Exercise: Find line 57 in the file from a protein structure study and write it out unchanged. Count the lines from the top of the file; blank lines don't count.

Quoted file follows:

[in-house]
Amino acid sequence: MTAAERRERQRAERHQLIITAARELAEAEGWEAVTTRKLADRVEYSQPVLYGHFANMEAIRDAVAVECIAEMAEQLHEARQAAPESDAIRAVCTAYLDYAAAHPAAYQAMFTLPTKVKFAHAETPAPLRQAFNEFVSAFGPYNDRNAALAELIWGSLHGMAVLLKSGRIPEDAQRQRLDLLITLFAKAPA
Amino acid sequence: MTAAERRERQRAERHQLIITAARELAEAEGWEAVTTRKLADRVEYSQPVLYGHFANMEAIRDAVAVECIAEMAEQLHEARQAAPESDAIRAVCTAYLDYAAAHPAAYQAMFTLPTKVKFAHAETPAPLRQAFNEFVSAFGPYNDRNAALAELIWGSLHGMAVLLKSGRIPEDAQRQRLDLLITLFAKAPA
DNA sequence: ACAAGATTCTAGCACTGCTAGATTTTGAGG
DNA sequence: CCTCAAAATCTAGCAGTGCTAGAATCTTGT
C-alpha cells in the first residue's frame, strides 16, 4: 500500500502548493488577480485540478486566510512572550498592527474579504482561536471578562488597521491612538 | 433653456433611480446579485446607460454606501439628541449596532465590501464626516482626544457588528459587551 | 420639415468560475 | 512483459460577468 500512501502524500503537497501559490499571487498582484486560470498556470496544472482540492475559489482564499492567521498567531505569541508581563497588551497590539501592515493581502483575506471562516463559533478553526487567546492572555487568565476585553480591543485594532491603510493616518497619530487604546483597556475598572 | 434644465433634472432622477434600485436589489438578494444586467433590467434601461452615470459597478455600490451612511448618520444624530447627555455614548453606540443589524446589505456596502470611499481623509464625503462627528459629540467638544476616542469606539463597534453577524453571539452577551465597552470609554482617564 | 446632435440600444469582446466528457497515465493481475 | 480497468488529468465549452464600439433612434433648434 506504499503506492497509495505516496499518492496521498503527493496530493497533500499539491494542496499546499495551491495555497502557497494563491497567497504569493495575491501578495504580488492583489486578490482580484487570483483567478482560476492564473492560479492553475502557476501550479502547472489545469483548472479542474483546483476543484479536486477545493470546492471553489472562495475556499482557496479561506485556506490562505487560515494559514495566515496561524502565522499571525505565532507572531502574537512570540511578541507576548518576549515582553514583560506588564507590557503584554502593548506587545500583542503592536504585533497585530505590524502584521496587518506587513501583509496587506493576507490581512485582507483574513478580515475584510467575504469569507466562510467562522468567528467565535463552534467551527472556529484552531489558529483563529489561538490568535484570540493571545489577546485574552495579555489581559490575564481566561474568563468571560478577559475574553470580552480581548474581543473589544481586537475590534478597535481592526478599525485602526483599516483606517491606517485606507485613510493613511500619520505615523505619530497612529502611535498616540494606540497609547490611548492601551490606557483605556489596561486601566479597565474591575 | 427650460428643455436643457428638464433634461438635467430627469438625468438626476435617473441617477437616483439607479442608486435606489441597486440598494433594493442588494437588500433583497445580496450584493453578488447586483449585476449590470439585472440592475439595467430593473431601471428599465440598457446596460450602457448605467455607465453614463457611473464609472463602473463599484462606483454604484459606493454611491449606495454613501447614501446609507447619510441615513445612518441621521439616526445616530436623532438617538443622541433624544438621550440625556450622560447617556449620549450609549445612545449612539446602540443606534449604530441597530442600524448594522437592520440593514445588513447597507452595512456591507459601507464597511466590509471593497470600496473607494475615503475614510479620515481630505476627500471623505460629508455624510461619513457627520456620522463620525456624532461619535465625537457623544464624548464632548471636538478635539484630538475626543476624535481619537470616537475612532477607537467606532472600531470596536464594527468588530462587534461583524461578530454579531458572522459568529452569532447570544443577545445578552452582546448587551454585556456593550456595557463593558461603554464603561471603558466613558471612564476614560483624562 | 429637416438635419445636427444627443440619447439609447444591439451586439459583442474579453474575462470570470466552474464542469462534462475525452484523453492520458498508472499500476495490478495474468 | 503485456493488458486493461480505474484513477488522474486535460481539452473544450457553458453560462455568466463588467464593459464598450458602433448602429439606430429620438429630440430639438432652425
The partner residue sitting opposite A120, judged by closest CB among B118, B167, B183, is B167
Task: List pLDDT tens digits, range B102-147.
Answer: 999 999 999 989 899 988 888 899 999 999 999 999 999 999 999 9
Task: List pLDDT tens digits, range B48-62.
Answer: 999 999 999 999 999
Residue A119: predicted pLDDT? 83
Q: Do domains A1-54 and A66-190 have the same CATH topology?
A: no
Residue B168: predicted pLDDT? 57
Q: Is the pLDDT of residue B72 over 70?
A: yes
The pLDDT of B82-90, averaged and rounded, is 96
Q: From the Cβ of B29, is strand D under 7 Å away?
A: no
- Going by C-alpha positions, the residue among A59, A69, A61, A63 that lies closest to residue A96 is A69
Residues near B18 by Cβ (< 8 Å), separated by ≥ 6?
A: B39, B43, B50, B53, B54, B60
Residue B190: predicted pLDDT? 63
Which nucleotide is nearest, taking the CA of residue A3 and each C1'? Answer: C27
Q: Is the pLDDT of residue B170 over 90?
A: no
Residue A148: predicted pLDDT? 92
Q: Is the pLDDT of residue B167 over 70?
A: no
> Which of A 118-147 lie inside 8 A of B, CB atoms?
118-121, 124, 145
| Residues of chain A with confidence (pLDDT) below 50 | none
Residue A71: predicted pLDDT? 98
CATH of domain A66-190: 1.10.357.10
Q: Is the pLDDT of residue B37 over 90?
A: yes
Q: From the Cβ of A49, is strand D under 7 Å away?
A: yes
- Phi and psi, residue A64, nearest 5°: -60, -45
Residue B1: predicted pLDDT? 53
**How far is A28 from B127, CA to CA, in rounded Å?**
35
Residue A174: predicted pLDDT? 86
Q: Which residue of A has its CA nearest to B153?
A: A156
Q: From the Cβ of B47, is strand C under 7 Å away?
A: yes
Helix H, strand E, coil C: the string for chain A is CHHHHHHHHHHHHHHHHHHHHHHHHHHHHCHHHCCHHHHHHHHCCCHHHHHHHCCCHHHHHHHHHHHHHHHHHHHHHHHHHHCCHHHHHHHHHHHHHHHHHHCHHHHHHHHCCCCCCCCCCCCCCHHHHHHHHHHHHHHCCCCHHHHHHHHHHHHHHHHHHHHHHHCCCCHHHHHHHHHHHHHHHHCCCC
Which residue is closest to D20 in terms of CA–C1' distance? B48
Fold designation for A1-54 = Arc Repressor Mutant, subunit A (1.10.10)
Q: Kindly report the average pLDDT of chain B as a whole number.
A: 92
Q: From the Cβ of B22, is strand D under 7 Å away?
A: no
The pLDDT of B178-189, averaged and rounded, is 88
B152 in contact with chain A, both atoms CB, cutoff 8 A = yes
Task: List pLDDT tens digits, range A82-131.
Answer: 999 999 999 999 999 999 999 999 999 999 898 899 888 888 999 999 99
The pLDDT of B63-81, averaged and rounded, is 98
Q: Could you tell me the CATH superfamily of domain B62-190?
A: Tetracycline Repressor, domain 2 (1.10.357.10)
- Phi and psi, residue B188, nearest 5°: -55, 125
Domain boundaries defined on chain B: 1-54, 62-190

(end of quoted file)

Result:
B152 in contact with chain A, both atoms CB, cutoff 8 A = yes